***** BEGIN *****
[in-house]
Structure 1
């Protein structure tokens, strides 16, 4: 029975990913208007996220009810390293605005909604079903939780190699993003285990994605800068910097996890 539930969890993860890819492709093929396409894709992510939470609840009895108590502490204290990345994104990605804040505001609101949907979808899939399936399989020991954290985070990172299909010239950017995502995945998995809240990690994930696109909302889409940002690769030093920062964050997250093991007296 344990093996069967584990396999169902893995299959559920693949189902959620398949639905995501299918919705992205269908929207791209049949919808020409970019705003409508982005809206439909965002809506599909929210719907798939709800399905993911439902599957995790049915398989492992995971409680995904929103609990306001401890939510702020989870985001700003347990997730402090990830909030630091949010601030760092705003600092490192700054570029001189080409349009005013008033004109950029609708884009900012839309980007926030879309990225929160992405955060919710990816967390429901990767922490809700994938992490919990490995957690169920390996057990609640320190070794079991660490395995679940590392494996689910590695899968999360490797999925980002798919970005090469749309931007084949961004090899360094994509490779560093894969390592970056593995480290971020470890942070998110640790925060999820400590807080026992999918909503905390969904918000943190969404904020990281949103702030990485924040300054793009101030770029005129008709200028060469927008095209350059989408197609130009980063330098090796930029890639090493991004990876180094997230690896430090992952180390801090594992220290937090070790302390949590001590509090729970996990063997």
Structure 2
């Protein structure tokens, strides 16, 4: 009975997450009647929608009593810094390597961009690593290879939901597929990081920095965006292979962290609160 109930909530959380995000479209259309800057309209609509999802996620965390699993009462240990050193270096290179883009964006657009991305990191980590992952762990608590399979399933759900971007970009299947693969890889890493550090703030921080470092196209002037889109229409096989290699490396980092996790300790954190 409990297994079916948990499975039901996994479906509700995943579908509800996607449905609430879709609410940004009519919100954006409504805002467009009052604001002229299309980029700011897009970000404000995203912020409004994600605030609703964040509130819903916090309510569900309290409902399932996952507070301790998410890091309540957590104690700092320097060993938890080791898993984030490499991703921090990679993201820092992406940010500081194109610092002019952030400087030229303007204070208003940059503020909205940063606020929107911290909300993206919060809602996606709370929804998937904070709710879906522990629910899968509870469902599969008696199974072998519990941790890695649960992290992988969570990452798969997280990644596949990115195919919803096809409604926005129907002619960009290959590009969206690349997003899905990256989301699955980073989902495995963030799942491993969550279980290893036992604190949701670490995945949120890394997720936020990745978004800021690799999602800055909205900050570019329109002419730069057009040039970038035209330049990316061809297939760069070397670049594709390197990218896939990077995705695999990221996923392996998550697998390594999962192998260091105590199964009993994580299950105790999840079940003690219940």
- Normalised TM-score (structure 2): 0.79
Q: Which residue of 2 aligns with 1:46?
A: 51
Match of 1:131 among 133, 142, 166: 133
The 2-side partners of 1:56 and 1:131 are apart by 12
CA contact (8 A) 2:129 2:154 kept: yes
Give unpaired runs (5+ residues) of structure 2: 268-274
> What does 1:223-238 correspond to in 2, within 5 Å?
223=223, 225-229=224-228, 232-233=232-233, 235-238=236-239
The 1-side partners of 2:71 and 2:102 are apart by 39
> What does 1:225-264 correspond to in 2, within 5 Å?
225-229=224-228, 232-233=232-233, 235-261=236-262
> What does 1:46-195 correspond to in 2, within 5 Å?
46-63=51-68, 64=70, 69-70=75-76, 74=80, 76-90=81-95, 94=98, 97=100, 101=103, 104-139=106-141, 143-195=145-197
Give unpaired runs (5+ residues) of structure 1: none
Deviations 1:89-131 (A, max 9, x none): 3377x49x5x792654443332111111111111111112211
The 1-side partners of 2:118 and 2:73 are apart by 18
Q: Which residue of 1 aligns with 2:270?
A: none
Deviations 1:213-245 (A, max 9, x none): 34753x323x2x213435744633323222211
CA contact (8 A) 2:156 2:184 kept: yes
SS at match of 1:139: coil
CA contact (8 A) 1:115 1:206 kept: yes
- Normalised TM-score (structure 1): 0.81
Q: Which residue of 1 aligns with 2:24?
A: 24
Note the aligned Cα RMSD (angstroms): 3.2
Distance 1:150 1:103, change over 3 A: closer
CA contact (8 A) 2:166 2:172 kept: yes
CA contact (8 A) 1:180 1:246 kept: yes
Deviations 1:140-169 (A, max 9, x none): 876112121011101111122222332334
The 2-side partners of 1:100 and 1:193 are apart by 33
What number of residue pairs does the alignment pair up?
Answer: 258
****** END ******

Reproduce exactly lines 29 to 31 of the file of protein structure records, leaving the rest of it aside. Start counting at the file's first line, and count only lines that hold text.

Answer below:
- Normalised TM-score (structure 1): 0.81
Q: Which residue of 1 aligns with 2:24?
A: 24